It had been a while since I last repotted my Western juniper. Although the drainage remained good, I’d been anxious to repot since styling the tree last fall and deciding on a new planting angle.
Wester juniper – August 2012
To maintain the angle indicated during the last styling, I affixed an aluminum wire that marked the front of the tree and the proper planting angle.
Marking the front with wire
After removing the tree, I cleaned and wired the pot before working on the roots.
Wired and ready to go
The pot was made by Michael Hagedorn. I’ve always appreciated the little touches in his pots like the grooves he left for the wires.
Just enough space for the ends of the z-clip
#2 aluminum in the groove – the perpendicular groove at the midpoint allows space for wire-cutters
Signature Crataegus grooves
There were plenty of roots for me to work with.
Lots of roots
After removing the roots from the bottom of the rootball, I found a peculiarly square root.
I pressed a bit from the top and it easily came loose.
Clues from the last repotting
Knocking out the block left a perfectly square gap in the roots.
A perfect spot for new soil
I’d forgotten why I placed the block under the trunk, but after seeing photos from the last repotting in early 2010, it all came back.
Chopstick and block – February 2010
Seeing the photo surprised me as the roots were now solid in all directions.
Plenty of roots to spare
I was able to complete the repotting without the assistance of blocks, however I employed a single chopstick as a short-term brace.
Although I tilted the tree forward and towards the center, the original plan was to have it lean even more toward the front.
Current planted angle
The original plan
I’ll likely tilt the tree farther forward the next time I repot, which, judging by recent history, gives the tree two to three years to grow in peace. By that time the branches will need attention and I can start thinking about when next to show the tree in an exhibit.
This past weekend, Bay Island Bonsai held its 14th annual exhibit at the Lake Merritt Garden Center in Oakland, California. For those of you who attended – thanks for coming! I hope you enjoyed the show. For those who couldn’t make it, I’ll share some of the highlights. We’ll start, today, with some scale junipers.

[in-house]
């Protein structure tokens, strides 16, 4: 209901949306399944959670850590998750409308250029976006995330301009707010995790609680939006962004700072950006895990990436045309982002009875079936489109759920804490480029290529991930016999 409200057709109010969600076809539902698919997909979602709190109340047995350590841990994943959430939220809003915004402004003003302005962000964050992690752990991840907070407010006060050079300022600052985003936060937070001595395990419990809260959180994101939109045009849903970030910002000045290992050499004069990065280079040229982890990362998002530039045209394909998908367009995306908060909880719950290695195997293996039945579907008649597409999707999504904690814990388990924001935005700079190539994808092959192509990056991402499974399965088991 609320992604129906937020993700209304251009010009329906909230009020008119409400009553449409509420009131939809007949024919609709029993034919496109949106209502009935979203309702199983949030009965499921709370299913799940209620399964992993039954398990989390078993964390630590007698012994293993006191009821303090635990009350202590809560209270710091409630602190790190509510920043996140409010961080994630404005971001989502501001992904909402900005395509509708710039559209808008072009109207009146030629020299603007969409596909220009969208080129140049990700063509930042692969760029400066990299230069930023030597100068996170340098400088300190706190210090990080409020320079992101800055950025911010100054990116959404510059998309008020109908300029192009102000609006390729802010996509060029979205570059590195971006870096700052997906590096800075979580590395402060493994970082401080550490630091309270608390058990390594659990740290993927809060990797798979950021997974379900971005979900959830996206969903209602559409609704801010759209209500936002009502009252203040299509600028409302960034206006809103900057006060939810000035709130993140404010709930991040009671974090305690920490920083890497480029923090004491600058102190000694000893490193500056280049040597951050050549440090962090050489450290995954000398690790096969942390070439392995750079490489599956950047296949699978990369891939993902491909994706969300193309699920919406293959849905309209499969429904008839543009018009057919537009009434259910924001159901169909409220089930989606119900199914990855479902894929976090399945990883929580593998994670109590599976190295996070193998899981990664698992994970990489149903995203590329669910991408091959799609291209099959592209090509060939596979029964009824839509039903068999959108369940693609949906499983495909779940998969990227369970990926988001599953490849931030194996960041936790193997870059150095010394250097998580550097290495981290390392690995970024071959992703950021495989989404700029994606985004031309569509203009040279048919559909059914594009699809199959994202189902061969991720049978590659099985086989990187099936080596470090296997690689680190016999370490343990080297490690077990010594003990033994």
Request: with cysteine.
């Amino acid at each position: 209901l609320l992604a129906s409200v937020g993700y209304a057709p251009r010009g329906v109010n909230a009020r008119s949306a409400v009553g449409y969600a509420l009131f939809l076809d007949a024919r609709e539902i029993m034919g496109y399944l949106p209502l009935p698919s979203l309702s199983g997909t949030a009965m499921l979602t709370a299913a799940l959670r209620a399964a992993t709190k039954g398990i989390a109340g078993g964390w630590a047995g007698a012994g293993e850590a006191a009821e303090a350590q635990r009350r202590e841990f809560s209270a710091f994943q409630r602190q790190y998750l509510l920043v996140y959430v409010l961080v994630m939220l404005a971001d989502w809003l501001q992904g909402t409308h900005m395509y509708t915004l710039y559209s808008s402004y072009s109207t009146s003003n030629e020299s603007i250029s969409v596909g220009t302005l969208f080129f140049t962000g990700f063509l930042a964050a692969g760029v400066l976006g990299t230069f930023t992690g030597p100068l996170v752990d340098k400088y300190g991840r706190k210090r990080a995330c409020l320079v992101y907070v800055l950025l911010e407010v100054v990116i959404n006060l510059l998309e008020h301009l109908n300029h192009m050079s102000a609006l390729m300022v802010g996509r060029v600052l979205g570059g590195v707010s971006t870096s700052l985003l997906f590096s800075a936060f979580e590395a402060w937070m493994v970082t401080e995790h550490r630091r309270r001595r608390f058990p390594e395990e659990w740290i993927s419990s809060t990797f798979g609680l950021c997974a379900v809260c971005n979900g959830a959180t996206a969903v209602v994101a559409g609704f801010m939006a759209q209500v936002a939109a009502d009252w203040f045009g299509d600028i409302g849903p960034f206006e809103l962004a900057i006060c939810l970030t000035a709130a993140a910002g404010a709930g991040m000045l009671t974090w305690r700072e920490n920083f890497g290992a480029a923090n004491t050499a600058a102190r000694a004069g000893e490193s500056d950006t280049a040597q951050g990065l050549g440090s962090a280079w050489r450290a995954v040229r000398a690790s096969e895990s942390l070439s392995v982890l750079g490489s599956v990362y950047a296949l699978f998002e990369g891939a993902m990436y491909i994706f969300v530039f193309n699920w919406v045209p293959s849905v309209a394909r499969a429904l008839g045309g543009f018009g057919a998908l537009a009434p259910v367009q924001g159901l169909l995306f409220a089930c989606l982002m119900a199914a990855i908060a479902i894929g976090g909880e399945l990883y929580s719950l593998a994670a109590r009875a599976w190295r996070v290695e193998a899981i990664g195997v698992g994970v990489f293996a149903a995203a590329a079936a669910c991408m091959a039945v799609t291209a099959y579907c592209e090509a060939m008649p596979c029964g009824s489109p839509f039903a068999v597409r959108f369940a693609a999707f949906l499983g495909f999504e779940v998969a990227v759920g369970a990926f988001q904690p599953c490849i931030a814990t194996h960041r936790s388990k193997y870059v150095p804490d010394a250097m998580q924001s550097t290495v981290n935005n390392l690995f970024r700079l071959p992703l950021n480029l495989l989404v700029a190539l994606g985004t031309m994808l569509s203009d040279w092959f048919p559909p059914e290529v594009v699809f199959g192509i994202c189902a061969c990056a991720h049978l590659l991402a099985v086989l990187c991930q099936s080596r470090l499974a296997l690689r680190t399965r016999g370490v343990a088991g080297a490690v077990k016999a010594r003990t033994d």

The Taiwan juniper below has been trained as bonsai for a long time. Its primary feature is its twisting double-trunk. Good movement and interesting deadwood are the most prized characteristics of juniper bonsai – this specimen has both.
Far more complex is the Western juniper below. Its trunk tells the story of the harsh environment in which it grew – well worth a close look.
The Sierra juniper below is off to a great start. All of the branches are in place and in a few years the tree’s fullness will provide a great backdrop for its trunk and deadwood.
This next juniper tree is massive. I’ve watched, over the past 10 years or so, the transformation from Sierra to Shimpaku, and have been surprised at how quickly the tree has grown from a small number of initial grafts. Time will make the tree even more impressive.
Shimpaku grafted on Sierra juniper
The shimpaku below is the product of over 90 grafts! The effort has not gone unnoticed – in 2008 the tree earned the National Bonsai Award at the first National Bonsai Exhibit in Rochester, New York.
Shimpaku grafted on San Jose
Interesting deadwood and impressively dense foliage characterize the Sierra juniper below. The tree makes a good case for how well Sierra foliage can be developed.
A medium-sized Sierra juniper bonsai – something sought after far more often than found.
A small shimpaku fed by a slender lifeline – the foliage is perfectly healthy and full.
On our way to visit Ishii’s nursery last fall, Akio Kondo took Boon, Peter and myself to visit one of his customers – Mr. Kita. Kita has a small, but impressive, bonsai collection. Trees like the juniper below.
Impressive, yes, but was this the front? The other side, too, has great features.
The other side
Here are some more shots of the same tree – any ideas about the front?
I believe the second photo is the current front, but it’s clear that the tree has plenty of interest points.
What was amazing about Kita’s garden was the number of trees of comparable quality. On a nearby bench I noticed one of the first great junipers I saw on my 1999 visit to Japan – a Kokufu Prize winner. If you have the book from the 73rd Kokufu exhibit, check out page 21 – the tree looks quite different now. It had been unhealthy ahead of that exhibit but has since regained much of its health.
Kokufu Prize winning shimpaku
With very few exceptions, the trees in Kita’s garden were in great shape – visiting was like touring a small bonsai museum. Here are a few of the other junipers in the garden – I’ll share some of Kita’s other trees on Friday.
Boon and shimpaku
I got around to wiring my Western juniper at a recent Bay Island Bonsai workshop. It doesn’t look like much now, but the main branches are in place and need only to lengthen and fill in. Here’s the before and after.
After removing the main branch and widening the shari (see “Refining a Western Juniper”)
After wiring the main branches
After finishing the juniper, I thinned out a small satsuki azalea that had grown full during the growing season. I removed a few long shoots and thinned new shoots to two when several grew from the same location.
Azalea – before thinning
After thinning – new planting angle
I think this tree was previously planted at a similar angle. The first branch is quite large and hard to bend. Tilting the tree adds interest to the trunk and improves the angle of the first branch. Although the current pot is appropriate for the tree, I’m ready for a change. Time to start looking for a new pot!